This blog post was written by Kenny Gutierrez, EFF Bridge Fellow.
The City Council of Concord, California, is tone deaf to community concerns regarding a proposed police Unmanned Aerial Surveillance (UAS) system – commonly referred to as drones. In a city where the police department is responsible for nearly 60% of the city budget, this should come as no surprise. The UAS program, however, will strangely be funded by Marathon Petroleum, which has no offices or facilities in Concord. EFF, ACLU, and 15 other Contra Costa community organizations opposed this action. We also demanded police oversight and ample safeguards to protect civil liberties and civil rights if the program were to be adopted.
Privacy and police accountability are a massive issue with UAS systems, and are both high priority issues for California voters, as evidenced by the passage of California Consumer Privacy Act and police accountability legislation.
Potential Issues with Drones
Drones are unmanned aerial vehicles that can be equipped with high definition, live-feed video cameras, thermal infrared video cameras, heat sensors, and radar—all of which allow for sophisticated and persistent surveillance. Drones can record video or still images in daylight or at night (with infrared lenses). They can also be equipped with software tools like license plate readers, face recognition, and GPS trackers that extend the dangers they pose to privacy. There have even been proposals for law enforcement to attach lethal and non-lethal weapons to drones. Additionally, newly developed drone automation allows for automatic tracking of vehicles and individuals.
EFF Letter to Concord City Council
EFF and our allies sent a letter urging the Concord City Council to not adopt a UAS system for Concord Police Department. If, however, the city council decided to approve the UAS system, we made specific recommendations to provide ample safeguards to protect civil liberties and civil rights:
First, drones should be deployed only with a warrant, or in an emergency that threatens death or serious bodily injury to a person. All deployments should be thoroughly documented, and that documentation must be made publicly available.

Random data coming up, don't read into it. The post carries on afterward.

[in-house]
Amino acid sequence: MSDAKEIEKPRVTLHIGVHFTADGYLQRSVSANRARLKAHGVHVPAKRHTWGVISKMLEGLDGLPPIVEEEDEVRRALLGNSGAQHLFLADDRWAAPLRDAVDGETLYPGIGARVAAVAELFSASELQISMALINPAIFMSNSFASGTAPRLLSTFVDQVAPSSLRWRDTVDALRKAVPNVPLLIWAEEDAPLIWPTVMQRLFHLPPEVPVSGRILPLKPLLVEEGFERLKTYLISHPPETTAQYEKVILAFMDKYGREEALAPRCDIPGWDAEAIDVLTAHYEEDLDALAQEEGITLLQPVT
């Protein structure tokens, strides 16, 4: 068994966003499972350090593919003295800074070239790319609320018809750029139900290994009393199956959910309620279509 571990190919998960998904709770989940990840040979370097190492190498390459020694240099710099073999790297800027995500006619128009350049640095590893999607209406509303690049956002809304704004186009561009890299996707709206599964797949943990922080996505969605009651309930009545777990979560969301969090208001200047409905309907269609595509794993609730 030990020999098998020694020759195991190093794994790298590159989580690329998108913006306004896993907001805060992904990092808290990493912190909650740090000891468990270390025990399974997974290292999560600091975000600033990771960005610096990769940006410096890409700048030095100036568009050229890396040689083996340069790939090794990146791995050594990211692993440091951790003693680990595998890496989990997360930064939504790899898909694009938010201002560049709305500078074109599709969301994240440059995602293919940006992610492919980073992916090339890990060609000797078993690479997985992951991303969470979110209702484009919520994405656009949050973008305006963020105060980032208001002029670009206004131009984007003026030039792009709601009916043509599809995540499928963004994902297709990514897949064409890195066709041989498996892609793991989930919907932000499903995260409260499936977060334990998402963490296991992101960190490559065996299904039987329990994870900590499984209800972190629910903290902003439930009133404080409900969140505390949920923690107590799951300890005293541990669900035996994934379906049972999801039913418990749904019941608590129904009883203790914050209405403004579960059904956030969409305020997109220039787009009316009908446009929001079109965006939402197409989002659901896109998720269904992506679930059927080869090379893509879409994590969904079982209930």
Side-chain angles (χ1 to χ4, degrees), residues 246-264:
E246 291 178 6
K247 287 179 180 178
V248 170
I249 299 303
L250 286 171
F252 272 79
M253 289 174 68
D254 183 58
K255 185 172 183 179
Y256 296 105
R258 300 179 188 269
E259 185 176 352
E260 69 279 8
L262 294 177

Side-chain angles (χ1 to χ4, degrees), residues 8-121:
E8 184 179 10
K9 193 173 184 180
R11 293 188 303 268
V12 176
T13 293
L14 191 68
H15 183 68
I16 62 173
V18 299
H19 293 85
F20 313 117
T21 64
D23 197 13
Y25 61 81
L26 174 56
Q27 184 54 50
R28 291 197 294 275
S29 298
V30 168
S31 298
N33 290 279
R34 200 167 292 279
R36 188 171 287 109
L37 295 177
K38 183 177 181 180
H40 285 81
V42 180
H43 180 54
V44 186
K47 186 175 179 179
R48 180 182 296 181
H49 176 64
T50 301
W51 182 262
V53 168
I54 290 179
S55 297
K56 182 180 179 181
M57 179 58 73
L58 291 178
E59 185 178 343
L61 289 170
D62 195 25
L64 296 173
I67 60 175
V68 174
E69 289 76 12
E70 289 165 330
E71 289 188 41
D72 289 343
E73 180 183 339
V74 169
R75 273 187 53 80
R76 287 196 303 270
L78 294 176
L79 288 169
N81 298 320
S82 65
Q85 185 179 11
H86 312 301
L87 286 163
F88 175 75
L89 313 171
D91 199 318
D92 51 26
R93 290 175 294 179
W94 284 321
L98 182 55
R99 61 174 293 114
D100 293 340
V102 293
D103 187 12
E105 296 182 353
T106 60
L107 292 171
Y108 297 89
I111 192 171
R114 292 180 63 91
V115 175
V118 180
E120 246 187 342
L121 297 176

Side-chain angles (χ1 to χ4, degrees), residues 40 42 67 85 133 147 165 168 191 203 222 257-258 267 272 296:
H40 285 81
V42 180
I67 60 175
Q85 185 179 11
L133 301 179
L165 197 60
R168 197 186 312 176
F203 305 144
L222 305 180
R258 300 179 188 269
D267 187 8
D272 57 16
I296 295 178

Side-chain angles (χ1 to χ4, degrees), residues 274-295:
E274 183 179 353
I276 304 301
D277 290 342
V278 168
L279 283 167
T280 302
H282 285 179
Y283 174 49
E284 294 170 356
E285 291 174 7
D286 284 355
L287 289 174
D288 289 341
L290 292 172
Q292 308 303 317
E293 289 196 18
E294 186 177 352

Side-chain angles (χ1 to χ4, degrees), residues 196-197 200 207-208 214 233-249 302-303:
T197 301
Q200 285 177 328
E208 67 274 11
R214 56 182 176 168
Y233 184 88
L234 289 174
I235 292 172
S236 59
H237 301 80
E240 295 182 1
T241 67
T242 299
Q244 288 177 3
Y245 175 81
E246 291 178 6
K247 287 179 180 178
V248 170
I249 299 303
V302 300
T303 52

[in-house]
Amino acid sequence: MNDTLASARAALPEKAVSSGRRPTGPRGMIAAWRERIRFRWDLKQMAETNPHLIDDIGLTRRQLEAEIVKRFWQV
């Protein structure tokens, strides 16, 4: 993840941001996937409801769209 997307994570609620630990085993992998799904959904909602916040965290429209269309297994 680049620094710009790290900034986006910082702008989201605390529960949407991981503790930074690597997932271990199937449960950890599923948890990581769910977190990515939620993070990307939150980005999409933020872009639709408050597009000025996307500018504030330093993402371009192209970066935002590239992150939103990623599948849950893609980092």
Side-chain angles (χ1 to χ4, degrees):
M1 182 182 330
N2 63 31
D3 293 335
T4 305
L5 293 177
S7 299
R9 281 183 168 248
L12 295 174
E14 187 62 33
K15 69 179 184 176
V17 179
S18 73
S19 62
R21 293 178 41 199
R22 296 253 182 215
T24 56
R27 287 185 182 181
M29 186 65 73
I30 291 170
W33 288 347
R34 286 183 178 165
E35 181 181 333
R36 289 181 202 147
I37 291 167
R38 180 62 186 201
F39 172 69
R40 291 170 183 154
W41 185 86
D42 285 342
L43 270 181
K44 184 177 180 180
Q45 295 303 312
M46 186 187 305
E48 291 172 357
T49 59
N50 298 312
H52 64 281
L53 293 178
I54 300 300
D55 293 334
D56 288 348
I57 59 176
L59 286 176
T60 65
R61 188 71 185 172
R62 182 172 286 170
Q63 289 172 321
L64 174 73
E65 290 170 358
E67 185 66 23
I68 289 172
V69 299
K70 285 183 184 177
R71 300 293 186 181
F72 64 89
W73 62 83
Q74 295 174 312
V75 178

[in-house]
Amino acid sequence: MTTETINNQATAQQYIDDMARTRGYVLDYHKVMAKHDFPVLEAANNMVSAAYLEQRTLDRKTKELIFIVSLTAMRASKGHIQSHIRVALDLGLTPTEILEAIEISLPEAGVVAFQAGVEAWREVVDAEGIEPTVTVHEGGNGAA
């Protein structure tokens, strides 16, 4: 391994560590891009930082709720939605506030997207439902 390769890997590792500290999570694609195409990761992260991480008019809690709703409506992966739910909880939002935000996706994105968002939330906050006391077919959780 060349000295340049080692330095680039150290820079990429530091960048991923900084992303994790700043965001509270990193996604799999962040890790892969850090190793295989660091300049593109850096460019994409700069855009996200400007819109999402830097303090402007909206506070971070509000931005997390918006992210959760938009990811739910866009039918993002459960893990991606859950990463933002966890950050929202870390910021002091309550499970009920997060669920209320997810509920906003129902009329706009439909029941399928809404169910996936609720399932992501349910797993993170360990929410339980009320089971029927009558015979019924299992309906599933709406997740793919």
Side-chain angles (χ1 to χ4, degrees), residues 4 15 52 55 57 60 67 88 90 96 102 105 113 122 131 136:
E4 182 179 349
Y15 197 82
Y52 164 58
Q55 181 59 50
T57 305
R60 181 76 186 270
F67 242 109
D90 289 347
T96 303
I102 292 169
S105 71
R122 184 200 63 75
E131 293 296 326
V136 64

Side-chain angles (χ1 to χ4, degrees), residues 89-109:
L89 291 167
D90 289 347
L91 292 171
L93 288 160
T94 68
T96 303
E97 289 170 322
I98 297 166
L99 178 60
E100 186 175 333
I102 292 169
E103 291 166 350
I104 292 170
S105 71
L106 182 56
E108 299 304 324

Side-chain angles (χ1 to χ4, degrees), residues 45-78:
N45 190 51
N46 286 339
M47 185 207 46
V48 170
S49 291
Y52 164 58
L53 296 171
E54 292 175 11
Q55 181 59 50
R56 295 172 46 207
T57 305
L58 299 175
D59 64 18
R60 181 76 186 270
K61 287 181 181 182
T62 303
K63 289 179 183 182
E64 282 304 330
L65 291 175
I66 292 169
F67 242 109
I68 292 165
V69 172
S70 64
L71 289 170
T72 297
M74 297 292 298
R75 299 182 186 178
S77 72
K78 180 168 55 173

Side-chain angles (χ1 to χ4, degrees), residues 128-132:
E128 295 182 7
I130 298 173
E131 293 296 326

Second, facial recognition technology, artificial intelligence, automated tracking, heat sensors, license plate readers, cell-phone interception, and lethal and non-lethal weapons should be prohibited as incorporated technologies to UAS drones.
Third, there must be clear rules regarding access to UAS footage. Officers suspected of misconduct must not be allowed to view footage until they have made an initial statement regarding the episode. People depicted in footage must have access to the footage. Also, footage depicting police use of force must be available to the public. Similar to the flaws in body worn cameras, police can exercise too much control over the video before the public sees it without police oversight.
More generally, Concord should adopt a Community Control Over Police Surveillance (CCOPS) ordinance. A CCOPS law acts to promote transparency, the public’s welfare, civil rights, and civil liberties in all decisions regarding the funding, acquisition, and deployment of surveillance equipment by local police. Such a law would appropriately require city departments to provide the public with information about surveillance proposals, including a draft usage policy, weeks rather than days before the proposals are debated before the City Council.
Not only did the Concord City Council approve the police drones, it also failed to adopt these meaningful safeguards. Concord, like many other municipalities, decided instead to use a boilerplate, unprotective Lexipol policy. Will Concord become the next Chula Vista, which deploys a drone for nearly every 911 call? Only time will tell. Concord’s drone policy is permissive enough that it could be.